Caribbean Sea Size report
I believe everyone who has watched the Pirates of the Caribbean movie is curious about this primitive and savage sea. The name of the Caribbean Sea comes from the Indian tribe, which means "brave" or "upright person."
Unexpectedly, the Caribbean Sea is the largest inland sea in the world. There are more than 1,000 islands and numerous atolls and reefs in the waters, and in the north of the Caribbean Sea is the well-known Bermuda Triangle. The special terrain and geographical advantages make this sea area extremely suitable for pirate activities, similar to the Somali waters where pirates are still rampant.
In the western part of the North Atlantic, there is a beautiful tourist resort, the Caribbean Sea, which connects the Gulf of Mexico and North America to the north, the Central American countries to the west, the South American continent to the south, and countless islands of the Antilles and the Bahamas surrounding this sea. This post will introduce more about the Caribbean Sea.
Caribbean Sea Introduction
The birth and growth of the Pirates in the Caribbean Sea are directly related to civilized society. During this period, the maritime industry ushered in unprecedented development. The war between civilized countries, the huge army of immigrants, and the temptation of huge wealth gave pirates a way to survive. The Caribbean Sea was an important passage between European countries and their colonies.
The Caribbean Sea is a suboceanic basin of the western Atlantic Ocean, lying between latitudes 9° and 22° N and longitudes 89° and 60° W. To the south, it is bounded by the coasts of Venezuela, Colombia, and Panama; to the west by Costa Rica, Nicaragua, Honduras, Guatemala, Belize, and the Yucatán Peninsula of Mexico; to the north by the Greater Antilles islands of Cuba, Hispaniola, Jamaica, and Puerto Rico; and to the east by the north-south chain of the Lesser Antilles, consisting of the island arc that extends from the Virgin Islands in the northeast to Trinidad, off the Venezuelan coast, in the southeast. Within the boundaries of the Caribbean, Jamaica, to the south of Cuba, is the largest of a number of islands.
Caribbean Sea Size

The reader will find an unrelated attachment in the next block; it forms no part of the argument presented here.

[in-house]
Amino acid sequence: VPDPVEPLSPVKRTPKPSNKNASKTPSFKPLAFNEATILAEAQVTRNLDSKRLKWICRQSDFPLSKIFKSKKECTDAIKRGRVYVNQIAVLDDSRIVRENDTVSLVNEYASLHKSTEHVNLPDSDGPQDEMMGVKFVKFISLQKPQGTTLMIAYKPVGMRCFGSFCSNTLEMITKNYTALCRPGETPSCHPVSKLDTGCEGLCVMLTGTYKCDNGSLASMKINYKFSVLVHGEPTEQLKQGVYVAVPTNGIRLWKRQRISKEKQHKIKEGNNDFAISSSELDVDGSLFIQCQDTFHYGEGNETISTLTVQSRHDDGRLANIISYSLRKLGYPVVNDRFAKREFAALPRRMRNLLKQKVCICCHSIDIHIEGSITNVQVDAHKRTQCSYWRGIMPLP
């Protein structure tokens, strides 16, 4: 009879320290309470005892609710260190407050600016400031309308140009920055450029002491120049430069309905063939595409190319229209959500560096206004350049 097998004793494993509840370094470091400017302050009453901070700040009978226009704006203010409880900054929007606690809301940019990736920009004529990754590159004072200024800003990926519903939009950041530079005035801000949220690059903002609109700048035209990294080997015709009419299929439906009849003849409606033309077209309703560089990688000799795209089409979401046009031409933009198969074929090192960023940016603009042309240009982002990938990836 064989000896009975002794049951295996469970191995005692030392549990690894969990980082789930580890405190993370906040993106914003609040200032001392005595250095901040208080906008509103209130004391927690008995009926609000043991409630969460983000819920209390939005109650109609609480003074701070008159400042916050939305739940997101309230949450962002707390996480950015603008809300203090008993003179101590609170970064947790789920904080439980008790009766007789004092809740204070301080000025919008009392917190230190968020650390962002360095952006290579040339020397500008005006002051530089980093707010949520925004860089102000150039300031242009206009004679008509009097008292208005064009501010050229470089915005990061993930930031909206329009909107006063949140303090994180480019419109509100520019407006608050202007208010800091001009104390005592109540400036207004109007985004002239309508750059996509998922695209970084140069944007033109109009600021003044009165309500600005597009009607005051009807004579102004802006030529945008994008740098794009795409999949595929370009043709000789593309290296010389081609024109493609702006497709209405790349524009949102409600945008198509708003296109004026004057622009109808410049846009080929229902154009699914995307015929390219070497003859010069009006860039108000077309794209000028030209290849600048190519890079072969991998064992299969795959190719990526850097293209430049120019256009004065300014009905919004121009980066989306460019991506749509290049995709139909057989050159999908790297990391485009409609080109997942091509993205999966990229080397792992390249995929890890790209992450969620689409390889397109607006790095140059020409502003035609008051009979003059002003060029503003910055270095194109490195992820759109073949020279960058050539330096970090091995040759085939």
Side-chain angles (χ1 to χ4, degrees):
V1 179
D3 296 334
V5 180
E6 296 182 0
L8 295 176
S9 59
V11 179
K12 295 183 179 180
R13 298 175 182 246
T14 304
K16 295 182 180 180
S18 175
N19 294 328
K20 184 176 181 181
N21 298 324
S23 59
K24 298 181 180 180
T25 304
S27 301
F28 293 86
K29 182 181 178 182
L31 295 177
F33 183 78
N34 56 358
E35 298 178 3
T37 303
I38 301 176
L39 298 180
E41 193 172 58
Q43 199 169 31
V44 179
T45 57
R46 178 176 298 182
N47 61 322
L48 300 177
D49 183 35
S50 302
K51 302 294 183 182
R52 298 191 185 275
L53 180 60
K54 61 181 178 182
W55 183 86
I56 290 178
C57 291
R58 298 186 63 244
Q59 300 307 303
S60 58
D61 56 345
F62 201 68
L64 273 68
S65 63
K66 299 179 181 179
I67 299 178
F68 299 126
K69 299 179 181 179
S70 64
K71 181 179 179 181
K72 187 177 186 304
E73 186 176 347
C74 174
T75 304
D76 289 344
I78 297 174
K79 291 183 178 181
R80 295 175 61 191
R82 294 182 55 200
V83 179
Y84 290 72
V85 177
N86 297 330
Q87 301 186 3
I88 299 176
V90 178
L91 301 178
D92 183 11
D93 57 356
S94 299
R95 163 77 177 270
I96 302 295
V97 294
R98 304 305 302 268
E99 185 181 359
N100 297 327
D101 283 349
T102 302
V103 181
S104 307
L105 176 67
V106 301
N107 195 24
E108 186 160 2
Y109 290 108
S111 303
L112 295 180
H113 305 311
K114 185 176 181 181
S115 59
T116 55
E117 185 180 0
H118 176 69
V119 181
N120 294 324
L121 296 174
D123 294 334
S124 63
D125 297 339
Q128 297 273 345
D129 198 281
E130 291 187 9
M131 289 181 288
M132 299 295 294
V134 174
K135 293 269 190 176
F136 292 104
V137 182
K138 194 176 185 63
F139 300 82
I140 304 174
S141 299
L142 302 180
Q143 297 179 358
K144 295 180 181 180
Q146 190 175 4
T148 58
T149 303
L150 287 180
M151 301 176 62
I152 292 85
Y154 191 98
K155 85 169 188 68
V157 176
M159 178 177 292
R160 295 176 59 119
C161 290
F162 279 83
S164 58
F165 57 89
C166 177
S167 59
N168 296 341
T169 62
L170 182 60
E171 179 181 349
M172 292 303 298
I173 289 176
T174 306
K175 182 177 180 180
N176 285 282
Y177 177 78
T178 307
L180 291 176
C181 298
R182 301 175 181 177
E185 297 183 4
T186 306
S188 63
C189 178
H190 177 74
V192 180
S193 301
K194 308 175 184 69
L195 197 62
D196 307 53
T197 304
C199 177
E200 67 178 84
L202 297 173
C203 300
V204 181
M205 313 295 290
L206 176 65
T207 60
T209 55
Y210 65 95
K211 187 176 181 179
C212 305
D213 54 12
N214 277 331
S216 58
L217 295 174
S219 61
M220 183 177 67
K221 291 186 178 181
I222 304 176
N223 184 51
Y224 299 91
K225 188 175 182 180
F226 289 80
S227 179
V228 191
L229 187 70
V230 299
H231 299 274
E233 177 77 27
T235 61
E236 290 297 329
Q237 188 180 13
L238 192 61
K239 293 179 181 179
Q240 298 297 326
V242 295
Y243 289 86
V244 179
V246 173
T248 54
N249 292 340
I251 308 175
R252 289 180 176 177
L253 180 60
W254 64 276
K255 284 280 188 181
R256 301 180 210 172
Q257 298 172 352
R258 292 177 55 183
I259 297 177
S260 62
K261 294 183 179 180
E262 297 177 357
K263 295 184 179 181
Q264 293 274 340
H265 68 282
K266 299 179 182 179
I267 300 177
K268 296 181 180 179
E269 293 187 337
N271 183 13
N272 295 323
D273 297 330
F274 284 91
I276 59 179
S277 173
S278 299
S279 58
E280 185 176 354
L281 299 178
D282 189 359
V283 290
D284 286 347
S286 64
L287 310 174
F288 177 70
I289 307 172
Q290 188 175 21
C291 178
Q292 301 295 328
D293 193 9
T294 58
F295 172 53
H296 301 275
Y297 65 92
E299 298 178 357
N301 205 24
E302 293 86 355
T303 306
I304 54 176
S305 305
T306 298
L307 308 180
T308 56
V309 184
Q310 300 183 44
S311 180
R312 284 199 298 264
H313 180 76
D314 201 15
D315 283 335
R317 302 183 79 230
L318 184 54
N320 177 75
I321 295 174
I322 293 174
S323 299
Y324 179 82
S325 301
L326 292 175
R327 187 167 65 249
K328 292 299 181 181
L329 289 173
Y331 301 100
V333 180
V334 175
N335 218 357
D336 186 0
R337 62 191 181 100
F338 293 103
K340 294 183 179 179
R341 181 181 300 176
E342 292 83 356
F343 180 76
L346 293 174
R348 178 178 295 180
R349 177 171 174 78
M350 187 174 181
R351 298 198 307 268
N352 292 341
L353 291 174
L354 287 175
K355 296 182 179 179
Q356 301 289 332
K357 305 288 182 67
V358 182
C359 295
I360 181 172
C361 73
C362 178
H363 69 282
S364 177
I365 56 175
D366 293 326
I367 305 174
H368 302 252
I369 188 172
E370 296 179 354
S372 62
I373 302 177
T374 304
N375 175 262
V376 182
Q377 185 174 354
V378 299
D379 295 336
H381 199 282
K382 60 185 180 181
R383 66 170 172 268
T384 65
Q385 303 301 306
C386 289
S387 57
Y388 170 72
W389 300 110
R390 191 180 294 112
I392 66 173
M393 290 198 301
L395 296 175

- The Caribbean Sea covers about 1,063,000 sq mi (2,754,000 sq km).
- The Caribbean's greatest known depth is Cayman Trench (Bartlett Deep) between Cuba and Jamaica, approximately 25,216 feet (7,686 meters) below sea level. And its average depth is 2200 m.
Take the average monthly temperature of the Caribbean Sea, for example, which varies by no more than 3°C (25°-28°C) from year to year. Over the past 50 years, the Caribbean Sea has undergone three distinct phases: cooling continued until 1974, and the coldest period occurred between 1974 and 1976, after a continuous increase in temperature of 0.6°C per year. The salinity of the Caribbean Sea is 3.6%, the density is 1.0235-1.0240 103kg/m3, and the color of the surface water varies from blue-green to green.
The Caribbean is home to about 9% of the world's coral reefs covering about 20,000 square miles, most of which are located off the Caribbean and Central American coast. Currently, unusually warm Caribbean waters are endangering the Caribbean coral reefs. Coral Reefs support some of the most diverse habitats in the world but are fragile ecosystems. The habitats supported by the reefs are critical to tourist activities such as fishing and diving. Protecting and developing the marine environment in the greater Caribbean region has become an important issue for neighboring countries and even the world.
Today, the Caribbean area is home to 22 island territories and borders 12 continental countries. Although the Caribbean coastal countries are not very wealthy, the tourism industry here is developed. It is one of the most popular travel destinations that people all over the world yearn for. Due to year-round high temperatures and the amazing sea and beach scenery, the Caribbean has become a common place for tourism which has helped grow the cruise industry in the area.